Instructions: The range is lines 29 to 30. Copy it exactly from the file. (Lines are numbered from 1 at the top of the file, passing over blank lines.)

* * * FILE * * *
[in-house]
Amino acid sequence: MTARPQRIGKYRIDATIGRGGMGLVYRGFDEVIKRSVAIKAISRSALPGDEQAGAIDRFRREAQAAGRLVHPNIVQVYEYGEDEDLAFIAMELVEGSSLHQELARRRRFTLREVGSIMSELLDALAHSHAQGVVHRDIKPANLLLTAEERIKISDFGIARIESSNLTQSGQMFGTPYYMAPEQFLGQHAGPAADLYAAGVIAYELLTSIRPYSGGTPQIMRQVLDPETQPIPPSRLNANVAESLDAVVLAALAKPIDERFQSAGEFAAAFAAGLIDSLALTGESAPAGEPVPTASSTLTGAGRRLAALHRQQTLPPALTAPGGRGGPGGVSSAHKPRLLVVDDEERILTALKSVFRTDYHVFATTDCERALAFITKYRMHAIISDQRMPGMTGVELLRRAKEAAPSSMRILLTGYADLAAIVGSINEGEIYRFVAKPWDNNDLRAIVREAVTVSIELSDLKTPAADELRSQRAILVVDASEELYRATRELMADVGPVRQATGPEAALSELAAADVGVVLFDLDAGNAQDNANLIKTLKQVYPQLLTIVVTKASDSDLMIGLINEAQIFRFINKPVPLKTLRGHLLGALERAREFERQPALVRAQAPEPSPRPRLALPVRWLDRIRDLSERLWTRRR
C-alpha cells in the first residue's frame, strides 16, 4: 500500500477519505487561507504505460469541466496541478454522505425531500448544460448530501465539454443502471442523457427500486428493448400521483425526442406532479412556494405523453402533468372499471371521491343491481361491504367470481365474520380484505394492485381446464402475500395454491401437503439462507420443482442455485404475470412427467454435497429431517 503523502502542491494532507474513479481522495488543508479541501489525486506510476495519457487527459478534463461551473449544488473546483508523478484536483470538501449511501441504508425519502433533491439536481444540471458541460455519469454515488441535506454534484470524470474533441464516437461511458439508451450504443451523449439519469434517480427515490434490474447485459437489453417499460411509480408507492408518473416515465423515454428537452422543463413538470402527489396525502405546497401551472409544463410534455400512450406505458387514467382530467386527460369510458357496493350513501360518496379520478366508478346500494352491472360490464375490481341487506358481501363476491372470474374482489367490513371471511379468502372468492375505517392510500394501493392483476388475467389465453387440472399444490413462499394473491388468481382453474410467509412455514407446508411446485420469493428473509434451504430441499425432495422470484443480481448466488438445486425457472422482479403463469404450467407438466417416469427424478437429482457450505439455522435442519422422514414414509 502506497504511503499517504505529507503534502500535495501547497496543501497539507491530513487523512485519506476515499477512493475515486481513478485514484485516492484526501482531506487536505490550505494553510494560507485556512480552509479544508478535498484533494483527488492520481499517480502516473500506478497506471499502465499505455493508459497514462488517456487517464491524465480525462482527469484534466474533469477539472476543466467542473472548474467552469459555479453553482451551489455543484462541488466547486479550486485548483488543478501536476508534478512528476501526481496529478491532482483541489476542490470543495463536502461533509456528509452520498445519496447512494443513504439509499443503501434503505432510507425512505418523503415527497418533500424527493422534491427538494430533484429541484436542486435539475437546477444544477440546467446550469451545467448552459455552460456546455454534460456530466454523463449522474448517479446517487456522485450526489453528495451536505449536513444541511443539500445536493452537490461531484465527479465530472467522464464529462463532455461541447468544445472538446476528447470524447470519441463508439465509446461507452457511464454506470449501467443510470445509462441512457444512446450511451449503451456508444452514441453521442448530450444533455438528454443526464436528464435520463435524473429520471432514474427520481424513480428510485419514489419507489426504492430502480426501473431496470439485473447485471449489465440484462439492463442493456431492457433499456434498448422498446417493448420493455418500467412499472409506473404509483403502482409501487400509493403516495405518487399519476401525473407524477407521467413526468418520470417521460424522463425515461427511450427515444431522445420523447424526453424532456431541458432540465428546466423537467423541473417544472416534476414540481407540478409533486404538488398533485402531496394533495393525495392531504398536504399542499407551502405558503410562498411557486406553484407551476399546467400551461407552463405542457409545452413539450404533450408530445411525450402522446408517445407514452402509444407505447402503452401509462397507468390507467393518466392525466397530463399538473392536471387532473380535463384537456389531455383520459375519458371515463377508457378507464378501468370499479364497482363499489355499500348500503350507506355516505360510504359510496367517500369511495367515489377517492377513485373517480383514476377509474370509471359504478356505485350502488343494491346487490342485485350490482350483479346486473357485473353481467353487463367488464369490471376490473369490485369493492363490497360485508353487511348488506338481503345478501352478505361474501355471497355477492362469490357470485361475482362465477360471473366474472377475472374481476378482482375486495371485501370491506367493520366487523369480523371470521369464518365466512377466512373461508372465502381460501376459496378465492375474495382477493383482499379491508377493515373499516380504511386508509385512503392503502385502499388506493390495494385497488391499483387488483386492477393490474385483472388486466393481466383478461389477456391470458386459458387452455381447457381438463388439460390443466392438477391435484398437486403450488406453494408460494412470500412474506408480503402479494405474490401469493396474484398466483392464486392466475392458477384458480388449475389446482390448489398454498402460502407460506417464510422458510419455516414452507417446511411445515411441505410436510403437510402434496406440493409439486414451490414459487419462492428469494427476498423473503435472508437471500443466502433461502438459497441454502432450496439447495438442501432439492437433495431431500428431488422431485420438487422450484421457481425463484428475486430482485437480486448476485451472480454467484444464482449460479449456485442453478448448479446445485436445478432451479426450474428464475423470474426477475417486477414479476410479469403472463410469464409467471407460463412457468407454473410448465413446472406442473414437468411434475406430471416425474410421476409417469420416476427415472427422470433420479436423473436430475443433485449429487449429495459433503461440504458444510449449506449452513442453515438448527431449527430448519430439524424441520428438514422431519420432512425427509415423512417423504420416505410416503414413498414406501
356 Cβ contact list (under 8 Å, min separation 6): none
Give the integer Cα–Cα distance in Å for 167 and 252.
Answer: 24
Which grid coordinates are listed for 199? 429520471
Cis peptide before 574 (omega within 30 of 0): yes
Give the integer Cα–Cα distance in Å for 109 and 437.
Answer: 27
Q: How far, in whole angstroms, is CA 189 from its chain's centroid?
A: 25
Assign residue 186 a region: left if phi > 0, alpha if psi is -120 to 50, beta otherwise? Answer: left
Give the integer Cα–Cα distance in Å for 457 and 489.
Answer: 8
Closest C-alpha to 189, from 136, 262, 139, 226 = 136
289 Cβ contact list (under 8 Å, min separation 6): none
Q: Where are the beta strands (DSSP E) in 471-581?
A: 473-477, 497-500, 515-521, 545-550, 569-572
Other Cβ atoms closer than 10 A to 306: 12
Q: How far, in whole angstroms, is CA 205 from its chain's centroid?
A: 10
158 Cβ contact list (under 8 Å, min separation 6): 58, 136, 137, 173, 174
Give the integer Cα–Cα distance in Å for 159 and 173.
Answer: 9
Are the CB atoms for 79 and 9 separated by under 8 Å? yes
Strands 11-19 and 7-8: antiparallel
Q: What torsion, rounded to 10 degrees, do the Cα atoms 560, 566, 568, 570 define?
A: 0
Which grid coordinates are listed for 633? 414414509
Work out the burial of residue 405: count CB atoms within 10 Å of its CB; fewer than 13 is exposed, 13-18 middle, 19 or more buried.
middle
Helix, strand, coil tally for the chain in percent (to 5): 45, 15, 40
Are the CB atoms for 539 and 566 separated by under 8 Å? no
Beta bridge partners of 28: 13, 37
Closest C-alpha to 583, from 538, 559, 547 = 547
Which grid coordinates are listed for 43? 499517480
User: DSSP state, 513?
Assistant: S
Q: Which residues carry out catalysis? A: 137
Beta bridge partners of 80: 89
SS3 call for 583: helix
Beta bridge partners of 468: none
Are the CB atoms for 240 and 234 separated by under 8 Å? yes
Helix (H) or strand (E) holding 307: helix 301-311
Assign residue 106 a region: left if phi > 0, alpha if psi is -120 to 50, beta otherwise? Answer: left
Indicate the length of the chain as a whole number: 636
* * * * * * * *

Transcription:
A: 0
Which grid coordinates are listed for 633? 414414509